I just learned this morning that Jess (Jesús) Franco has passed away. I’m going to try to put together a few thoughts about the man and his films in the days ahead. In the meantime, I’m making available a PDF of a piece I did on his film Vampyros Lesbos. This originally appeared in the Horror issue of Paradoxa (no. 17, 2002), edited by Steffen Hantke. My thanks to publisher David Willingham for granting the permission so quickly. Read the article here: Guerilla Vamping.
Posts Tagged ‘horror’
Tags: Deleuze, Guattari, horror, Jess Franco, vampire
Tags: Fangoria, horror, Insidious, The Grey, Woman in Black
The current issue of Fangoria has its ballot for the 2013 Chainsaw Awards, and the nominees for “Best Wide-Release Film” got me thinking about the current state of the horror film. Here are the nominees:
- The Cabin in the Woods
- The Grey
- The Woman in Black (more…)
Tags: Alien, fantasy, Gethsemane Hall, horror, Kornukopia, science fiction, Seven, SF Signal
Today, I have another guest blog. I’m over at SF Signal, talking about horror as a literary virus: http://www.sfsignal.com/archives/2012/11/guest-post-david-annandale-on-why-the-messiness-of-genres-is-a-good-thing/
Tags: Gethsemane Hall, horror, Horus, Jen Blaylock, Mephiston, names, Warhammer 40k, world-building
Yes, I’ve written a new post. But you don’t get to read it here. Abhinav Jain has kindly invited me to contribute to his “Names: A New Perspective” series, and you can read my two-bits on names and world-building at his site, over here: http://sonsofcorax.wordpress.com/2012/11/12/nanp-the-depths-of-names/
Tags: favourite novel, Gothic, horror, Urban Fantasy, writer's block
Oh, I’ve been a bad blogger, letting weeks go by and the prose go stale here. I have, however, been doing some guest posts, so here’s a round-up of recent contributions.
On Civilian Reader’s blog, I took part in his series on “My Favourite Novel”: http://civilian-reader.blogspot.ca/2012/10/guest-post-my-favourite-novel-by-david.html
Bookworm Blues has had another series, this one on avoiding writer’s block, and here’s my bit: http://www.bookwormblues.net/2012/10/04/thoughts-on-writers-block-david-annandale/
And just today, for Halloween, I’m part of the Mind Meld at SF Signal on the relationship between the Gothic and Urban Fantasy: http://www.sfsignal.com/archives/2012/10/mind-meld-the-intersection-between-gothic-horror-and-urban-fantasy/
And now I have to get back to work on this here novel thing.
Tags: books, Gethsemane Hall, haunted house, horror, writing
I have always loved horror.
This statement is both true and false. When I was very young, I didn’t necessarily like frightening entertainment. I think I was about four when I first encountered skeletons in a funhouse. They were just glow-in-the-dark, orange drawings on a wall, but that was enough to have me squeezing my eyes shut in mortal fear, and clutching my father’s hand for dear life until we were free of that horrible place. I did NOT like that AT ALL. (But now I treasure the memory.) I wasn’t much older when I found one of my mother’s old fairy-tale books in the basement. It had illustrations by Arthur Rackham. I slammed the book shut at the first decapitated giant. I did NOT like that AT ALL. (But now I wish I knew where that book was.) (more…)
[This is a (very) short horror story I wrote some years ago. I'm posting it now for International Short Story Day.]
Imagine the city. And now a small park: a block in area, green space, trees on the perimeter, hockey rink, playground. Monkey bars, swings, slide. Carousel. Got it? Good. Now listen. There was a grad student. Owen Astor. He was auditing an evening class. When he walked home, it was natural for him to use Gyro Park as a shortcut. But he walked home at night, and the neighbourhood was a bit sketchy, and he wasn’t a big guy. So he always gave the park a quick scan before actually setting foot in it. Sensible. Smart.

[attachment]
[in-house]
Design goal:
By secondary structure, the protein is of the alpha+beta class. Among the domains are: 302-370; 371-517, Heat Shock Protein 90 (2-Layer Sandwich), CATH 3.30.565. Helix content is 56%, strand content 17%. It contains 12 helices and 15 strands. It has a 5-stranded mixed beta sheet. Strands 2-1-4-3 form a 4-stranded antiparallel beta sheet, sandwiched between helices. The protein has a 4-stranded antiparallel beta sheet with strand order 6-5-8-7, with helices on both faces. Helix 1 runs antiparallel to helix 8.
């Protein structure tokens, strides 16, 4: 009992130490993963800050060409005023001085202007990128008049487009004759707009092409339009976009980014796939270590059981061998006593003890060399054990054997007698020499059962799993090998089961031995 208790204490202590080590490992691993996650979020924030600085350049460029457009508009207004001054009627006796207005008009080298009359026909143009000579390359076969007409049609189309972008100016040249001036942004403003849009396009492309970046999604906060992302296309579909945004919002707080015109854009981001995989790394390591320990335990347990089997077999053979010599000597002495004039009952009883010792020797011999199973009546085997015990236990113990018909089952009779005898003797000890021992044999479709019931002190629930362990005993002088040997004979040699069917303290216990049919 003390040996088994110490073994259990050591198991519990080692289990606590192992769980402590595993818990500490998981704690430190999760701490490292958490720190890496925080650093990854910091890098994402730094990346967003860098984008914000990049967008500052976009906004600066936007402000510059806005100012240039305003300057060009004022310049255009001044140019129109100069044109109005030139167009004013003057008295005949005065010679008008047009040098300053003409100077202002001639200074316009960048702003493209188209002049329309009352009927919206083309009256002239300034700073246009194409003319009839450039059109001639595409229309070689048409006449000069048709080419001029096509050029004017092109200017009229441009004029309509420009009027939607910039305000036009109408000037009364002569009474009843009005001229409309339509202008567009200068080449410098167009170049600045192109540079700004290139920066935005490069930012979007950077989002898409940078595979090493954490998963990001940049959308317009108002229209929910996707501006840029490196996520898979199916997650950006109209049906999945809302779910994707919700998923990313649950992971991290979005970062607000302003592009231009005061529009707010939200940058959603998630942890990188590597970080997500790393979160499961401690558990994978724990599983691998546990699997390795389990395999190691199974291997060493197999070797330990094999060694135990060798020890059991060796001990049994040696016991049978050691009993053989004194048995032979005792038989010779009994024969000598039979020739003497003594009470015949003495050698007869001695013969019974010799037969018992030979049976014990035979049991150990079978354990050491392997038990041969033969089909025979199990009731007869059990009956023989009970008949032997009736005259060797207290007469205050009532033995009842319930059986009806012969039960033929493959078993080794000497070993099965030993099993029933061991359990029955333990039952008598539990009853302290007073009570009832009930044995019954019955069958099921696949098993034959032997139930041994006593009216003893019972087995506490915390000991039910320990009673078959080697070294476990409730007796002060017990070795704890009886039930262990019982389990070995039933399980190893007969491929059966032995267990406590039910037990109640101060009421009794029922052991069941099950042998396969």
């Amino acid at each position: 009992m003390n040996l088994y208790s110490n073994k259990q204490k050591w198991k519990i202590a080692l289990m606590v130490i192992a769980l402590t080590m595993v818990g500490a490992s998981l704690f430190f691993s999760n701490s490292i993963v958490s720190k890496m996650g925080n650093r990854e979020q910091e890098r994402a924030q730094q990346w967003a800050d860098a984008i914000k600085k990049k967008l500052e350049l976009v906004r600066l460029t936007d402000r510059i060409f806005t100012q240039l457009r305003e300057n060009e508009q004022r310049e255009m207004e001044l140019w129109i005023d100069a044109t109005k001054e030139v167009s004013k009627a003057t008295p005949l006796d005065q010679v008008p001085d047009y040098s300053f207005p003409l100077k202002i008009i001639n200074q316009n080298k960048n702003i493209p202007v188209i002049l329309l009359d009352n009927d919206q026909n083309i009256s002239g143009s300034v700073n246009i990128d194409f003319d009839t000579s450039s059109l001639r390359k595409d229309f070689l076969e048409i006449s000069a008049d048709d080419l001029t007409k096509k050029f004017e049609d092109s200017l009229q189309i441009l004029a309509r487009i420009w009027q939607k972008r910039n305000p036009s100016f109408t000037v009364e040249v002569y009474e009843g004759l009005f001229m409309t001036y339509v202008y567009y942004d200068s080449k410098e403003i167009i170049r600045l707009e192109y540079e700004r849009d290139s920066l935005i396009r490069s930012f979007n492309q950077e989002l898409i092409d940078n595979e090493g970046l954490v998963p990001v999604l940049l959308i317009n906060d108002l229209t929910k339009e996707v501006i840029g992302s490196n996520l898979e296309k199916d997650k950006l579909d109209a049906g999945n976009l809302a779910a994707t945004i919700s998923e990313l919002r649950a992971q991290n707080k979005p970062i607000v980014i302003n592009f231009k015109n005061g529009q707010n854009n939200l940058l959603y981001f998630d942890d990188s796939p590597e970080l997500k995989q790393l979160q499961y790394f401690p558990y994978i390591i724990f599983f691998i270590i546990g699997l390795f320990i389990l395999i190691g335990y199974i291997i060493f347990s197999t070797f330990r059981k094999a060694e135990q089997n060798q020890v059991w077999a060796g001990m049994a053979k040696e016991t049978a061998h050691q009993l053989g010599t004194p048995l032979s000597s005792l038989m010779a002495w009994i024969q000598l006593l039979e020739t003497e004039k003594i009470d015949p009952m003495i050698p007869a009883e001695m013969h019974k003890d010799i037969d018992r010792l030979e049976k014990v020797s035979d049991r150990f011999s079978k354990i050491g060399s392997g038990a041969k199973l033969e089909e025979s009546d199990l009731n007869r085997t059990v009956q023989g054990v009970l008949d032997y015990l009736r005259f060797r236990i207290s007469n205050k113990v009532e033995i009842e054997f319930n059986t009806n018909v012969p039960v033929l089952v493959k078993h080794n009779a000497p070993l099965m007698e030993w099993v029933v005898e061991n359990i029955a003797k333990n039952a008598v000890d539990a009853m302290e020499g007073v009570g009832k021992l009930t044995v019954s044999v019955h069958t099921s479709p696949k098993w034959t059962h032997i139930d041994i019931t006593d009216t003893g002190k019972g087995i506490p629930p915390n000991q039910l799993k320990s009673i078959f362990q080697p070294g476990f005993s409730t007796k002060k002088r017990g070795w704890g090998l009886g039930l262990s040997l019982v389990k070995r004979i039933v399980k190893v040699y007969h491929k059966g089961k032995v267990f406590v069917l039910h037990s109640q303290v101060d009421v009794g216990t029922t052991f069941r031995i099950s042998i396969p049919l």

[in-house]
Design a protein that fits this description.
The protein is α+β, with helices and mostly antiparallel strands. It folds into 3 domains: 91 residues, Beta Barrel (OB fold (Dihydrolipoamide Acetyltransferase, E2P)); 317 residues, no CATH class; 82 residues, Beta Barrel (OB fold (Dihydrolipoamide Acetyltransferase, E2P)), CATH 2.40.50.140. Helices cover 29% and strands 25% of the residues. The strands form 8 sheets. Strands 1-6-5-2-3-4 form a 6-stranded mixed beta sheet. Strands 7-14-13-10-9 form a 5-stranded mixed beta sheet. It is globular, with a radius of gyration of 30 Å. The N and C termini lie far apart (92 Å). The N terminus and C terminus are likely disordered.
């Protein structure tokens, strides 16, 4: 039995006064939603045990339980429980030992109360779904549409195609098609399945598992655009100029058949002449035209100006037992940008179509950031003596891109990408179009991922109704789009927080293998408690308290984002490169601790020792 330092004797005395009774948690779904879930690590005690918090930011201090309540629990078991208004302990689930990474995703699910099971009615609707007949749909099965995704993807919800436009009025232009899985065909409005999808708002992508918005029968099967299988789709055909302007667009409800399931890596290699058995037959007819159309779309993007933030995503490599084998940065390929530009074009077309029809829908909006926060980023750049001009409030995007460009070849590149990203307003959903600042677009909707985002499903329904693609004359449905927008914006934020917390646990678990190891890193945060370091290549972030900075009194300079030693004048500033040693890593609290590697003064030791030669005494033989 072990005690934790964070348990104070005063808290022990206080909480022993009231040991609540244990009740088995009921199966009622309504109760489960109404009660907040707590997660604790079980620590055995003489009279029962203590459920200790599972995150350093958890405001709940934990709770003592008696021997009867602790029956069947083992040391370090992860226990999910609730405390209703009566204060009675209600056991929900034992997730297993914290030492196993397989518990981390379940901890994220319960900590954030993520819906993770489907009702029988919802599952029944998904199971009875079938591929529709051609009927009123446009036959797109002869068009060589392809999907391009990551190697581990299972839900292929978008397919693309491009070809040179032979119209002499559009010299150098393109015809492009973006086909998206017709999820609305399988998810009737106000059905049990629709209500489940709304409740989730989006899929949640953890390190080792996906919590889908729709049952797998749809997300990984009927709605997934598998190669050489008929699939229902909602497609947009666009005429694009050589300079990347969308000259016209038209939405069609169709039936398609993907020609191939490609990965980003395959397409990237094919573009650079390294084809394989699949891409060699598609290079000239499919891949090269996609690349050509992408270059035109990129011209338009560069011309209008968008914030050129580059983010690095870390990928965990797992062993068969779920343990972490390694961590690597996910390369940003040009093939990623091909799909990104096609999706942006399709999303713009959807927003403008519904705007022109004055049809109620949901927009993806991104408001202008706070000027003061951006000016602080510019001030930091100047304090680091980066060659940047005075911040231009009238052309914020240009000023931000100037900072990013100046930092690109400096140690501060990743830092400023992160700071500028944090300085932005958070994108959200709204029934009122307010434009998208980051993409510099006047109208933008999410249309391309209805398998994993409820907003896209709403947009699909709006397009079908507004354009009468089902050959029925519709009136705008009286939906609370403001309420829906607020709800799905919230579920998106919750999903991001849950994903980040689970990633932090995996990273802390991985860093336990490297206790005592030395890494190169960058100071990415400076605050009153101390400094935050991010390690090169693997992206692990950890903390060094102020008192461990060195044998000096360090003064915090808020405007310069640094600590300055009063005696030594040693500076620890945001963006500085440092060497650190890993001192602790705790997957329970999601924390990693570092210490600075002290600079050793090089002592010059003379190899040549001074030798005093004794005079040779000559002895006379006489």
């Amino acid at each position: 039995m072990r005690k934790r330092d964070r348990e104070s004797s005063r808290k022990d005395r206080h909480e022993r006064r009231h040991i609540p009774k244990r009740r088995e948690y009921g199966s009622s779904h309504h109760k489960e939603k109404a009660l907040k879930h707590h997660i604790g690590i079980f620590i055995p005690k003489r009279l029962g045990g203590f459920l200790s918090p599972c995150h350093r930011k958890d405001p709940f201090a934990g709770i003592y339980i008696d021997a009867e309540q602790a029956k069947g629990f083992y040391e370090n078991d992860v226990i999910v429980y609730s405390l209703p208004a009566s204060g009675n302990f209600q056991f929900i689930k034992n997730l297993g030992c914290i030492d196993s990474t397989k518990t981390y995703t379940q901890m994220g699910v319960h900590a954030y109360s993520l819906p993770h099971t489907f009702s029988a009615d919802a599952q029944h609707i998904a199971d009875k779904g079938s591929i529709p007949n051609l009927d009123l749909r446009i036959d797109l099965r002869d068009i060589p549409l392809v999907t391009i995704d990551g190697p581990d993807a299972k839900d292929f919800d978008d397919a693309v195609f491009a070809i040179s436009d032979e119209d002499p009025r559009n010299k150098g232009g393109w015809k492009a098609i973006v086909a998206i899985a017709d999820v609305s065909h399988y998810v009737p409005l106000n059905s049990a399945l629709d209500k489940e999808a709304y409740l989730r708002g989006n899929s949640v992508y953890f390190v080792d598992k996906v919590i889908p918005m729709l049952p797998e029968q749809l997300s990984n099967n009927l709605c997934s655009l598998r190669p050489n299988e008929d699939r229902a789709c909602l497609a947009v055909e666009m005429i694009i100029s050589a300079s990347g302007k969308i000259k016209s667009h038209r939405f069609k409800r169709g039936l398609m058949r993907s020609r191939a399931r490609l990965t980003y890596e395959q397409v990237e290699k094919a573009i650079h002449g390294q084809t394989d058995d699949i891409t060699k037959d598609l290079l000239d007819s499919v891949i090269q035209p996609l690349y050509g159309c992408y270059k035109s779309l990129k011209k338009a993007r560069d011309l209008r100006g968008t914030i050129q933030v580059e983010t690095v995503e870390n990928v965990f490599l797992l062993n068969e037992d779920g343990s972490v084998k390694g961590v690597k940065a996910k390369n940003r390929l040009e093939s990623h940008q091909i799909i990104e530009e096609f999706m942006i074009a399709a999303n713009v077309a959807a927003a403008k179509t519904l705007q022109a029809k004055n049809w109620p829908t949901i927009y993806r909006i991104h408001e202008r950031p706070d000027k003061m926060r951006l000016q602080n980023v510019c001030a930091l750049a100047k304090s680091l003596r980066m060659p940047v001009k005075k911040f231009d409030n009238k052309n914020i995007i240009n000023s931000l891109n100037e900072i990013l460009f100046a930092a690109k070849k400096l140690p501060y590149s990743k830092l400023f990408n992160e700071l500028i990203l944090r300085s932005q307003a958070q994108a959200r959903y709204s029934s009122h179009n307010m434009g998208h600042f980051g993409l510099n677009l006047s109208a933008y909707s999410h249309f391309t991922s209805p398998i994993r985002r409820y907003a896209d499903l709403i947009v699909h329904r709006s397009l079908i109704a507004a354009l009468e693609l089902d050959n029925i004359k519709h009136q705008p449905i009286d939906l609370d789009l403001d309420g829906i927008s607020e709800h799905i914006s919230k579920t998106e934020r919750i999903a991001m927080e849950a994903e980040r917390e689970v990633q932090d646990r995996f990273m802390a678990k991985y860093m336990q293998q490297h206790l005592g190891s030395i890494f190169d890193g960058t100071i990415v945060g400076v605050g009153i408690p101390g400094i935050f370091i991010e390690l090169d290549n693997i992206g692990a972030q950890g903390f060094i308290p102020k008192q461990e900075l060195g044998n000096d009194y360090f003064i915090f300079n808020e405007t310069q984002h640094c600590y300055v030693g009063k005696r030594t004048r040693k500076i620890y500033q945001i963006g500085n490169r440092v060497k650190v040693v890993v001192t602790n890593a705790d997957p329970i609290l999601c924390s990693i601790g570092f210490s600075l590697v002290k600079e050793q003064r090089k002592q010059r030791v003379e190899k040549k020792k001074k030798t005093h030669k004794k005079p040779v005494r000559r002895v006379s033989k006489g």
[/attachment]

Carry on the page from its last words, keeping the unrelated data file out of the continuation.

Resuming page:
Usually there was no problem. Plenty of events at the rink, with people around. But then October came, and everything died. (more…)
Tags: Alien, horror, Prometheus, Ridley Scott, science fiction, Wages of Fear
Alien is my favourite movie.
I don’t know if I could tell you my favourite novel, song, video game or play. But I have no trouble pointing to one movie and saying, “There. That one. That’s my favourite.” As I suspect is the case with most people who have a definite fave, how and when I saw the film play a significant role in shaping its importance for me. My father took me to see it on my 13th birthday. Once the face-hugger popped out of the egg, and especially once Kane had that bout of indigestion, I was curled into foetal position for the rest of the picture. It was an experience of terror that I have treasured ever since. My love for the film has never abated. Over thirty years on, I appreciate the film’s accomplishments in a new, but no less fond, light. Earlier this spring, for example, as I was teaching a course on remakes and sequels, Aliens was one of the films we looked at. And much as I love Cameron’s film, too, I was struck by how some of its special effects are showing their age, while those in Alien remain almost seamless. (more…)
Tags: Cabin in the Woods, comic books, horror, intertextuality, The Avengers
So. Cabin in the Woods and The Avengers. The last two movies I’ve seen (and I know I’m not alone in this), both of them bearing the Joss Whedon imprimatur (producer and co-writer of one, co-writer and director of the other). Even if there wasn’t anything else to look forward to this summer, even if there weren’t the looming shadows of Prometheus and The Dark Knight Rises, this would already be a pretty strong season. A few thoughts on them both below. These are not reviews. I’m assuming you’ve seen both movies, so there are spoilers ahead. If you haven’t seen them, then stop reading this and hit the theatres.
No, I’m serious. Go away. (more…)